Sadly, before I thought to protect the leaves with painting drop sheets, the sun had already attacked the leaves, particularly of the rhododendron.

sunburnt leaves on the smaller rhododendronsunburnt leaves on the camelliaprotecting the rhododendron and camelliaAlthough not a very glamorous look, hopefully it will prevent further deterioration.

 

 

2/14: friend or foe?

This ground cover with purple flowers is pretty, but is it a plant or a weed?

purple groundcover purple groundcover (2) purple groundcover (3) purple groundcover (4)

I’ve asked at a nursery, where they suspected it may be a variety of salvia. I remember being given a bunch of salvia a couple of years ago, but I’m not sure they looked exactly like this. Can seeds from flowers revert to a different looking species? Coincidentally, I went to a community nursery where I spied the same plant growing in their grounds, but they were unable to identify it and suspected it was a weed.

Then I also recall my mother complaining about a purple weed in the garden. Was it this type? In any case, what is a weed? The Concise Macquarie dictionary defines it as:

1. a plant growing wild, esp. in cultivated ground to the exclusion of the desired crop.

2. any useless, troublesome, or noxious plant, esp. one that grows profusely.

I actually like this plant; it’s just where it has sprung up I don’t like, because it is in a slightly more formal, stylised area of the garden. In another area this plant could do very well.

Even plants that are sold as legitimate ones can be invasive. Just look at seaside daisies, Erigeron, which can become somewhat invasive, taking over entire areas.

I’ve decided that you just have to contain these plants. Ivy is known as a weed and yet it is pretty and can help suppress other worse weeds, so I have developed a system, keeping some of these plants, but limiting where they are allowed to grow. It’s fun pretending to have some control over nature.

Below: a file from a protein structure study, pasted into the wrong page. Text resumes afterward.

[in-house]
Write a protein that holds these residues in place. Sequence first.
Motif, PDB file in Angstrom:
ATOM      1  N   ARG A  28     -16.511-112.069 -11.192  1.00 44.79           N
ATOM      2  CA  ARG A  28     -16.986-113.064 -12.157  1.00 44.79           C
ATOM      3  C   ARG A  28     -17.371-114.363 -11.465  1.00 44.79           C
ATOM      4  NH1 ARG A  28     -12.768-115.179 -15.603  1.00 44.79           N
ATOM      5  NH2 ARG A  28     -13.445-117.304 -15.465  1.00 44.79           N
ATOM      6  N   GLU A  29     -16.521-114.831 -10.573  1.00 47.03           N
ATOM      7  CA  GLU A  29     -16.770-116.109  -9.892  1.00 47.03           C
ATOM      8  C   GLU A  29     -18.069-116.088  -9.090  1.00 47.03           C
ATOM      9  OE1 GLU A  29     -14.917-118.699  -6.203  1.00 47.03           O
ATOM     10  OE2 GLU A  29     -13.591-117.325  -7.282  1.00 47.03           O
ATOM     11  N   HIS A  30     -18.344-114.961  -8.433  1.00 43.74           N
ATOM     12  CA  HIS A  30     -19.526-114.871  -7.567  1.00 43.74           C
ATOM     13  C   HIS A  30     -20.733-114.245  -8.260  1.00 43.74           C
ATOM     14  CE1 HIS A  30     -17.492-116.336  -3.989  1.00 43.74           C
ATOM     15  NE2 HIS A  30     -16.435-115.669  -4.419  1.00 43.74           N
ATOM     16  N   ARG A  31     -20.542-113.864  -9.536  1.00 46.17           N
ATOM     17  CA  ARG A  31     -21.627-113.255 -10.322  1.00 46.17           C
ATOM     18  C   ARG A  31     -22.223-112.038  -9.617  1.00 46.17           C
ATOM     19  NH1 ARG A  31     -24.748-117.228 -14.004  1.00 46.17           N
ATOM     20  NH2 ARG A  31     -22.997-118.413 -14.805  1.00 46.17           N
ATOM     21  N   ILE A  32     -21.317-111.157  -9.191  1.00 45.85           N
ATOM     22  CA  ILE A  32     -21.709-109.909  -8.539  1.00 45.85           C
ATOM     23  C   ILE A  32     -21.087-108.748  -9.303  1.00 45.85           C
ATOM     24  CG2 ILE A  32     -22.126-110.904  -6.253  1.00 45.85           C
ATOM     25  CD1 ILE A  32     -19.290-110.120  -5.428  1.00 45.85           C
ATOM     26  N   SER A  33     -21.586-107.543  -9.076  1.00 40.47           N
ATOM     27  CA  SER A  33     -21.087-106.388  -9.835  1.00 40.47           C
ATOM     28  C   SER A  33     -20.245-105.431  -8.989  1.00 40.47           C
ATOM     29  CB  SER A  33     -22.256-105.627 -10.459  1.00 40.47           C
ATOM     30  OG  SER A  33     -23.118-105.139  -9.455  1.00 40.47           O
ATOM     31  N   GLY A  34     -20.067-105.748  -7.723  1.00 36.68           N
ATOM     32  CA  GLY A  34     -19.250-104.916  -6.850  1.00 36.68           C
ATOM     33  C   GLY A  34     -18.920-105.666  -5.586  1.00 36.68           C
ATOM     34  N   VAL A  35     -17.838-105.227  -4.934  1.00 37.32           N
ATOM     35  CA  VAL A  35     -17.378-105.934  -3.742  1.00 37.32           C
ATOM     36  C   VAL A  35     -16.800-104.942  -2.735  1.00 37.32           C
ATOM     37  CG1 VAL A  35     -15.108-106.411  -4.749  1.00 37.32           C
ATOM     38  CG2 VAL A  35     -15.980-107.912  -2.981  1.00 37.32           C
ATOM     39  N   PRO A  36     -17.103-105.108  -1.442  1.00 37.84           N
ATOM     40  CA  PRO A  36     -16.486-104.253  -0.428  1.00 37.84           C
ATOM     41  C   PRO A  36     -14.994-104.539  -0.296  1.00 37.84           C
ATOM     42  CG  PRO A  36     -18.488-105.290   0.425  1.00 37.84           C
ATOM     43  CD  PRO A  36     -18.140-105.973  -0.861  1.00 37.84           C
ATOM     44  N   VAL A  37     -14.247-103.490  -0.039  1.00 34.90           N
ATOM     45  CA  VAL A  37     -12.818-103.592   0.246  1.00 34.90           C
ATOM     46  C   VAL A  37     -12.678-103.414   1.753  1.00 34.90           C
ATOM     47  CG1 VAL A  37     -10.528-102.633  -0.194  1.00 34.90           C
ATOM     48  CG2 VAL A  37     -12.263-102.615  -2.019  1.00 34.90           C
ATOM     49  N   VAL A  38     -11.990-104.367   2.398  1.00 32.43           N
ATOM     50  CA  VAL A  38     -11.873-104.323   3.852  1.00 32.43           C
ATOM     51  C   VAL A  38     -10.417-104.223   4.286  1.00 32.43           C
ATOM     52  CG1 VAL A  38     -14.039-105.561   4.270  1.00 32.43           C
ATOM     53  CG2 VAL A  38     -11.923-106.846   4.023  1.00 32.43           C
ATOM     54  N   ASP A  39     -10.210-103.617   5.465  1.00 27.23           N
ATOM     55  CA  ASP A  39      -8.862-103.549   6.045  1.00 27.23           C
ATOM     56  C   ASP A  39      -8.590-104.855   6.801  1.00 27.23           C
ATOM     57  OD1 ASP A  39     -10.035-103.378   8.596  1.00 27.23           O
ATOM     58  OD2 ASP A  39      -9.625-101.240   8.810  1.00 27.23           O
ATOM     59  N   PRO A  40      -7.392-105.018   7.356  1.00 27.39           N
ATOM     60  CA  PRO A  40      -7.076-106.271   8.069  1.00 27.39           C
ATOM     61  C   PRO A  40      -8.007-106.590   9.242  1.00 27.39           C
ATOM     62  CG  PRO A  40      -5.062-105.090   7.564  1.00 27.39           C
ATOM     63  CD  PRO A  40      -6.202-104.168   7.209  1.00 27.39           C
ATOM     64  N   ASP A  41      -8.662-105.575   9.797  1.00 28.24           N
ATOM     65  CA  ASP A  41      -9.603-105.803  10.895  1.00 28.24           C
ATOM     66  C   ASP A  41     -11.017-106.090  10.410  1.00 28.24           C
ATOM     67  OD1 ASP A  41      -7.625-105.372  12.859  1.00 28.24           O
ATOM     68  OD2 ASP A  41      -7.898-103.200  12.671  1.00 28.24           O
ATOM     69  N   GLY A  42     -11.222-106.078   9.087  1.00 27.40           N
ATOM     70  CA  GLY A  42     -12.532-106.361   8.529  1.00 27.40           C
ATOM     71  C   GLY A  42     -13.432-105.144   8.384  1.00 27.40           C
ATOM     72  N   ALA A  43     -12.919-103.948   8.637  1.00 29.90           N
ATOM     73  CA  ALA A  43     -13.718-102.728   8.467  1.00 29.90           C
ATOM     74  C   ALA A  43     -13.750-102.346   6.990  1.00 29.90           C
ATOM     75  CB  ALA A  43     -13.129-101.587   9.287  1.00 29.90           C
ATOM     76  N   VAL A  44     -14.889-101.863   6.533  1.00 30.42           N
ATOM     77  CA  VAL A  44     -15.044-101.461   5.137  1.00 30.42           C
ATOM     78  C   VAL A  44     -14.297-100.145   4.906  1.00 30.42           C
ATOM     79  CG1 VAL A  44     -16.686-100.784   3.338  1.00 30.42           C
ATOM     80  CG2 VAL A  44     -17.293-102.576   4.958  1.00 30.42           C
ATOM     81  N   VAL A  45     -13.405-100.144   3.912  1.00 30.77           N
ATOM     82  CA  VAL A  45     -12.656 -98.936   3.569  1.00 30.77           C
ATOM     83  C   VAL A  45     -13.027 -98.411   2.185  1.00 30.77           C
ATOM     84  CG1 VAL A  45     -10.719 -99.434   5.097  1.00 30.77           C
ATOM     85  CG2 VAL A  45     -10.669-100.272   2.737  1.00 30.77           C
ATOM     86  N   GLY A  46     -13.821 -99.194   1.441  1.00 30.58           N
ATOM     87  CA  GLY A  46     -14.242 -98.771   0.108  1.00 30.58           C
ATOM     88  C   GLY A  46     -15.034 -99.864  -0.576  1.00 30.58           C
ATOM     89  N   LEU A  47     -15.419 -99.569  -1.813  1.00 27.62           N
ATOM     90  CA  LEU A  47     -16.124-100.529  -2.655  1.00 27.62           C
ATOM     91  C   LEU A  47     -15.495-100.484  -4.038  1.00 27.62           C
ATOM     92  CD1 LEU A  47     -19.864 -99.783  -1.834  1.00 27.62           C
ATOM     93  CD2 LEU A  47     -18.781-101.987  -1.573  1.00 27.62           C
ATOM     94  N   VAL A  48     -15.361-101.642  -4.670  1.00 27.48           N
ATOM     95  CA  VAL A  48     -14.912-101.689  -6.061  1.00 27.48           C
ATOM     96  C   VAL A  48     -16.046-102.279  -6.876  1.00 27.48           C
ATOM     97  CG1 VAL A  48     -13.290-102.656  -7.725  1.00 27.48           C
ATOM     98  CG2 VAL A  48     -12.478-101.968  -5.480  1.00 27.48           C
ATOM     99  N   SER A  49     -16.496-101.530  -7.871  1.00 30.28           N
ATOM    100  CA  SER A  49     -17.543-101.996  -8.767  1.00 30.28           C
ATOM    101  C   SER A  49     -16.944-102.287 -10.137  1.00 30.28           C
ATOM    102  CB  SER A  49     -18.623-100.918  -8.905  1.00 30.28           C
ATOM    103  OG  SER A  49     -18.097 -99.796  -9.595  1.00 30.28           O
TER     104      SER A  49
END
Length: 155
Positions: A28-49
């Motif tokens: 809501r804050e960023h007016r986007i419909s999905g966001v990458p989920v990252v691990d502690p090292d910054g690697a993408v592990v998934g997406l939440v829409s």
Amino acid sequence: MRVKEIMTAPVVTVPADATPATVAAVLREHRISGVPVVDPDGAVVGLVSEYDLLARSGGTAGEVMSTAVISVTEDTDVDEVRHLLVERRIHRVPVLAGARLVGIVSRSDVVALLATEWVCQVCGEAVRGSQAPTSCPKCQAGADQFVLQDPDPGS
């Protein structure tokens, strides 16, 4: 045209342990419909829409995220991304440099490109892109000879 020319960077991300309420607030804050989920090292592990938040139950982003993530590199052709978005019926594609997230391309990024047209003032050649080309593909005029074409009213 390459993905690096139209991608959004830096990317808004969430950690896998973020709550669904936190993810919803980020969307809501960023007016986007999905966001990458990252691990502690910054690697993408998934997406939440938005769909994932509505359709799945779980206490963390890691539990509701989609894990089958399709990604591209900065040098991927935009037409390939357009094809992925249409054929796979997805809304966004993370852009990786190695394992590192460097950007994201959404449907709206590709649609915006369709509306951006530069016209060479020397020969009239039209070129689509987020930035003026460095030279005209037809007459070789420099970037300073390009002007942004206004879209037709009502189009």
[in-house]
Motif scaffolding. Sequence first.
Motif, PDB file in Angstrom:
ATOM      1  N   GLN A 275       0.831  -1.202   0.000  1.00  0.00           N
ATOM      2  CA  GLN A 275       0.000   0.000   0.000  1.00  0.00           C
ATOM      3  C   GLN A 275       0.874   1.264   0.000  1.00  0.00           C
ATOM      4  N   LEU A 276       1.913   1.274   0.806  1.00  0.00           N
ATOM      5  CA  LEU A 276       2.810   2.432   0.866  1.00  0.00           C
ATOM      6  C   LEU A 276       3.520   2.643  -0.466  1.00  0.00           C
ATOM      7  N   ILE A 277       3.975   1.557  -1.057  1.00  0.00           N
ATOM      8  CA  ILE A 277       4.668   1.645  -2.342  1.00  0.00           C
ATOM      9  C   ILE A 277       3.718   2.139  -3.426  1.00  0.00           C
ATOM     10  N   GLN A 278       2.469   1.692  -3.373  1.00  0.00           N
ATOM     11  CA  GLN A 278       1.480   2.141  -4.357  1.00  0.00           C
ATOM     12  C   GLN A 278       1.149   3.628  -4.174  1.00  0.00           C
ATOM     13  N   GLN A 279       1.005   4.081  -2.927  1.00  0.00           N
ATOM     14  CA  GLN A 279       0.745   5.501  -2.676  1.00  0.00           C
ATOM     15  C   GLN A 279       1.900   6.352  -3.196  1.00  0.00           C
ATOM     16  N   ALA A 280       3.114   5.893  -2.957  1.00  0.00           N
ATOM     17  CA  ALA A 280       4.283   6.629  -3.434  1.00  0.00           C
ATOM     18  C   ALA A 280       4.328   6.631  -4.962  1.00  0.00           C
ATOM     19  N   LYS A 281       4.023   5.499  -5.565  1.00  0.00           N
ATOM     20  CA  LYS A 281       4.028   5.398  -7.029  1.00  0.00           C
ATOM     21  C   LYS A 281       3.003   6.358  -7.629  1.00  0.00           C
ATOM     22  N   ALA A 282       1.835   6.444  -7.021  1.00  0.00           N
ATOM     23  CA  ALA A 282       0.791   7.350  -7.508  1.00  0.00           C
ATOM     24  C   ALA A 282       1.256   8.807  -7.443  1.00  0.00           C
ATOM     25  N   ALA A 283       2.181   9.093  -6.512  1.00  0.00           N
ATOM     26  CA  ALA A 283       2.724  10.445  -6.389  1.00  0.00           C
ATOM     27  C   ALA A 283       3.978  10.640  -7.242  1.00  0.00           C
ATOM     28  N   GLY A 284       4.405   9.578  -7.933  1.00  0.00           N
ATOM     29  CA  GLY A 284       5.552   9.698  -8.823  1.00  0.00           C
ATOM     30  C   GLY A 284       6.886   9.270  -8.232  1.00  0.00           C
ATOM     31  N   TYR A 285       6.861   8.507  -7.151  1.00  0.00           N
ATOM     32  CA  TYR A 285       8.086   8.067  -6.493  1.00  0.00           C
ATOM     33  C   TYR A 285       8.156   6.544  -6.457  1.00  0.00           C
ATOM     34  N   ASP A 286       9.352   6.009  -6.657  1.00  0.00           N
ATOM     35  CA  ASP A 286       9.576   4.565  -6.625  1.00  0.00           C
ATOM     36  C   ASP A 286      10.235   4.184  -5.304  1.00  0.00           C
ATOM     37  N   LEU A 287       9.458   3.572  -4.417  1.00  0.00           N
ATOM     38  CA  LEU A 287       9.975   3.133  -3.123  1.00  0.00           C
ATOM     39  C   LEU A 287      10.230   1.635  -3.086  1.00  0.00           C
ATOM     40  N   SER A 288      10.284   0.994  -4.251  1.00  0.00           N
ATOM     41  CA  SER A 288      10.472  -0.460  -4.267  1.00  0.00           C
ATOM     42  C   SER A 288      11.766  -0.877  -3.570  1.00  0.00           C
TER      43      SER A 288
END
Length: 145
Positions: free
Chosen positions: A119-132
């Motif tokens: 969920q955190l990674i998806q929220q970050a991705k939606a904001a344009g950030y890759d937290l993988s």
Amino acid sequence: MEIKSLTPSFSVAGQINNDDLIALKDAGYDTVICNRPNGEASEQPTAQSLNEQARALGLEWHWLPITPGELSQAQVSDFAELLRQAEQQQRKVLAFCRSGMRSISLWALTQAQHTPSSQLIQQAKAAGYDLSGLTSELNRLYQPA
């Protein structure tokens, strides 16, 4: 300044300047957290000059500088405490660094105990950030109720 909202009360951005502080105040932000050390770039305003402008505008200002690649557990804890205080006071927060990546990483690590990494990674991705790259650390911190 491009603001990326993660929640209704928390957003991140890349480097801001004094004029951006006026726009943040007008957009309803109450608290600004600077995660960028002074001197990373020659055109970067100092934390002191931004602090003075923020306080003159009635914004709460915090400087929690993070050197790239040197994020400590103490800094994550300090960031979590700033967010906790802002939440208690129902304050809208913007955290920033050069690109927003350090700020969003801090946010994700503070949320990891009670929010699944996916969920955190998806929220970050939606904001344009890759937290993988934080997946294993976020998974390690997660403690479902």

Meanwhile, I think this purple groundcover may officially be a weed, but if I plant it in my cottage garden with the seaside daisies I think it will be rather attractive.

51/52: red and green for the season

One little area that was overgrown with seaside daisies has had a re-vamp, just in time for Christmas. Erigeron is great for a cottage garden, spreading itself with wanton abandon. I have a number of plants in the garden that I am constantly trying to control.

Swaying between a casual, cottage garden and a more formal, trimmed and pruned look, I sometimes allow areas to become a little overgrown. Currently this garden bed has been allowed to go a little wild, and was more than ready for some timely revision.

overgrown with seaside daisiesWith that in mind, I dug up all the seaside daisies, Erigeron, and trimmed back the irises to little stalks, reminding myself to separate the bulbs and spread them across this garden bed next March, as two dozen in a clump is rather too much.

Meanwhile, I have planted mainly red bedding begonias , plus some Pratia, a small-leafed ground cover with tiny blue flowers. Hopefully this will eventually cover the entire area, and any Erigeron that sneaks through will be eradicated.

fitting for the seasonred and green makeover for ChristmasThe result is rather festive, just in time for Christmas, but will be lovely on a continuing basis, particularly when the ratio of plants to mulch is greater than at present.

43/52: more magnificent mauve

The glorious rhododendron is reaching the tail-end of its seasonal flowering. I can always rely on it commemorating my dear departed mother’s birthday each October, which is rather appropriate, because this plant was transplanted from my parents’ home in Mitcham many years ago.

a mass of mauvebeautiful at any anglea wall of colourblushing rhododendronmisty mauveoutside the bedroom windowThe colour can vary on a really sunny day, but these flowers are beautiful in any weather.

in bright sunlight